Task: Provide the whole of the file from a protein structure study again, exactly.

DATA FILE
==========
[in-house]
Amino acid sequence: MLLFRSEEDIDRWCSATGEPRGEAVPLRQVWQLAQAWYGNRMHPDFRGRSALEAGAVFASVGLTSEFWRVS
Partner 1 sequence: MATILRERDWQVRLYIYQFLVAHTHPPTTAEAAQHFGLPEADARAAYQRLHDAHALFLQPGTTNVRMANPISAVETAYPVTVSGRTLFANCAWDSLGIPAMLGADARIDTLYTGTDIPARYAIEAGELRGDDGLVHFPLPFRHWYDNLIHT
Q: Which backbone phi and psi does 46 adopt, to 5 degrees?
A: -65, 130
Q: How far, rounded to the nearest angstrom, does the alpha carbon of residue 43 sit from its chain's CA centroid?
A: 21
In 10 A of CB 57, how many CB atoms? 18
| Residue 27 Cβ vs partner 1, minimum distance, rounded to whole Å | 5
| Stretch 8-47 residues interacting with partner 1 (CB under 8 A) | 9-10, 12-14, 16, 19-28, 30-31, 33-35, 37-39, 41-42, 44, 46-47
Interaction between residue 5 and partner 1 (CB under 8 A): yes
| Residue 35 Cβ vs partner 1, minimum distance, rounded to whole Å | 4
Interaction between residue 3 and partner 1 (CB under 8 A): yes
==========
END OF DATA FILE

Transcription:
[in-house]
Amino acid sequence: MLLFRSEEDIDRWCSATGEPRGEAVPLRQVWQLAQAWYGNRMHPDFRGRSALEAGAVFASVGLTSEFWRVS
Partner 1 sequence: MATILRERDWQVRLYIYQFLVAHTHPPTTAEAAQHFGLPEADARAAYQRLHDAHALFLQPGTTNVRMANPISAVETAYPVTVSGRTLFANCAWDSLGIPAMLGADARIDTLYTGTDIPARYAIEAGELRGDDGLVHFPLPFRHWYDNLIHT
Q: Which backbone phi and psi does 46 adopt, to 5 degrees?
A: -65, 130
Q: How far, rounded to the nearest angstrom, does the alpha carbon of residue 43 sit from its chain's CA centroid?
A: 21
In 10 A of CB 57, how many CB atoms? 18
| Residue 27 Cβ vs partner 1, minimum distance, rounded to whole Å | 5
| Stretch 8-47 residues interacting with partner 1 (CB under 8 A) | 9-10, 12-14, 16, 19-28, 30-31, 33-35, 37-39, 41-42, 44, 46-47
Interaction between residue 5 and partner 1 (CB under 8 A): yes
| Residue 35 Cβ vs partner 1, minimum distance, rounded to whole Å | 4
Interaction between residue 3 and partner 1 (CB under 8 A): yes